Costs associated with a collision between a police helicopter and drone during the Wet’suwet’en dispute in northern B.C. earlier this year are estimated at nearly $200,000, according to the RCMP.
The cost of removing the helicopter from where it landed, transporting it to a local airport and repairing it is expected to be about $120,000, Mounties said, while buying another drone is anticipated to cost $75,000.
The collision happened on Feb. 6, the same day the RCMP began to enforce a court order to remove Wet’suwet’en members and other pipeline opponents and clear a route to a Coastal GasLink worksite near Houston, B.C.
Three people were aboard the helicopter. No was injured in the collision.
The aircraft collided with a FLIR SkyRanger R60 unmanned aerial vehicle during a low-level flight, according to a report from the Transportation Safety Board.
The drone was destroyed, while the helicopter pilot landed on a road after feeling vibration from the collision.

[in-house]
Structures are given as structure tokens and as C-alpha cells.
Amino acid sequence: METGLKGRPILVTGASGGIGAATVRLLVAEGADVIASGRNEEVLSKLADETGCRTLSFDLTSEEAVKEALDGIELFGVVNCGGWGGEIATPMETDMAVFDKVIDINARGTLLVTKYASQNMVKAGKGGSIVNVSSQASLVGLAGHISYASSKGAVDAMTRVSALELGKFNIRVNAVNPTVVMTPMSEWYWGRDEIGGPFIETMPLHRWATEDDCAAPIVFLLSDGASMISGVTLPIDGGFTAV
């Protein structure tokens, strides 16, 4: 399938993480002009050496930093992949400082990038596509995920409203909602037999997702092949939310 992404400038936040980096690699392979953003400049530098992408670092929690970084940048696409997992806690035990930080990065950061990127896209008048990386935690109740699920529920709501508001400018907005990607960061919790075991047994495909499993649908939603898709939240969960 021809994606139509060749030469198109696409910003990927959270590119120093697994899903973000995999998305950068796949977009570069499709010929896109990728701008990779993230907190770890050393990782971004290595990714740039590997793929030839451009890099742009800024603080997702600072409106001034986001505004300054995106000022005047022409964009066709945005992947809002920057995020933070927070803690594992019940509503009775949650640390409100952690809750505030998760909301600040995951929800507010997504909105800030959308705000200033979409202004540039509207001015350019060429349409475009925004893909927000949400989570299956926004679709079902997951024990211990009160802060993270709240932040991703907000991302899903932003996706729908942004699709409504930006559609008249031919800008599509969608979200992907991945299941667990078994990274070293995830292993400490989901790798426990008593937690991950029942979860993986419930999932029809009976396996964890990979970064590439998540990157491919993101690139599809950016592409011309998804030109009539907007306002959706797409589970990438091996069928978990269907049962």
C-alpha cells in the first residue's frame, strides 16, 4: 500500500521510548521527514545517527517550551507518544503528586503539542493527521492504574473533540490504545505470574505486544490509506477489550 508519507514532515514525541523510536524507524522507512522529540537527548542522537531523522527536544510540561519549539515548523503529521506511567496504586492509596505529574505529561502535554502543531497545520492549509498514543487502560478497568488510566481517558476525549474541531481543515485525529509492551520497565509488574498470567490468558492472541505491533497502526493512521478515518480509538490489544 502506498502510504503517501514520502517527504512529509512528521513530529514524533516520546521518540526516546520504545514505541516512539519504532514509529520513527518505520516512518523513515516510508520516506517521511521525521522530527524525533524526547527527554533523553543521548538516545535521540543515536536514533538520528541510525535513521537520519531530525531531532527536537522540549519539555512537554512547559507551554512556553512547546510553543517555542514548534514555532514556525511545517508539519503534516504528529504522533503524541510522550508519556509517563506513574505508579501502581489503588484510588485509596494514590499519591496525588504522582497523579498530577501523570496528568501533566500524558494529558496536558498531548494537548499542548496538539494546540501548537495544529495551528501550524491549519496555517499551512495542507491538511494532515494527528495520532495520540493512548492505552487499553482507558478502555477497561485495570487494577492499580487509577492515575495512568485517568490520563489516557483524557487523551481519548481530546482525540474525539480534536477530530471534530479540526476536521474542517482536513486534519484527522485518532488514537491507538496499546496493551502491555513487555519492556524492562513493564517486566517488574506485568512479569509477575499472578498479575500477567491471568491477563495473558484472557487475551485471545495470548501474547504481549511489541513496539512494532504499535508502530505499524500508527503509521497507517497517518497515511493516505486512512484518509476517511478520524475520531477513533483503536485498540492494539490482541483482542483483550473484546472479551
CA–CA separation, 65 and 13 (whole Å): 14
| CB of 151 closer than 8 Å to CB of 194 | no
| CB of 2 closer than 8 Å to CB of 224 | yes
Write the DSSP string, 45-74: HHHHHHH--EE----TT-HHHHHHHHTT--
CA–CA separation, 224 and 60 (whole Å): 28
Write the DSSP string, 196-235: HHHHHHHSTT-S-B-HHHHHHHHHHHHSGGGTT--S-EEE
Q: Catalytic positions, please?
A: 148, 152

Inspection later revealed damage to the aircraft’s main rotor blades, tail boom and tail rotor, the agency’s report said.
Asked about how the collision occurred, given that both aircraft were piloted by RCMP personnel, the force only said it had taken “immediate steps to prevent a similar incident happening again.”
Those steps include updating the pre-flight checklists and barring drones from flying at the same time as helicopters.
When the machines need to be used at the same time, the RCMP said drones will be required to fly below 91 metres (300 feet), while helicopters will fly above 152 metres (500 feet).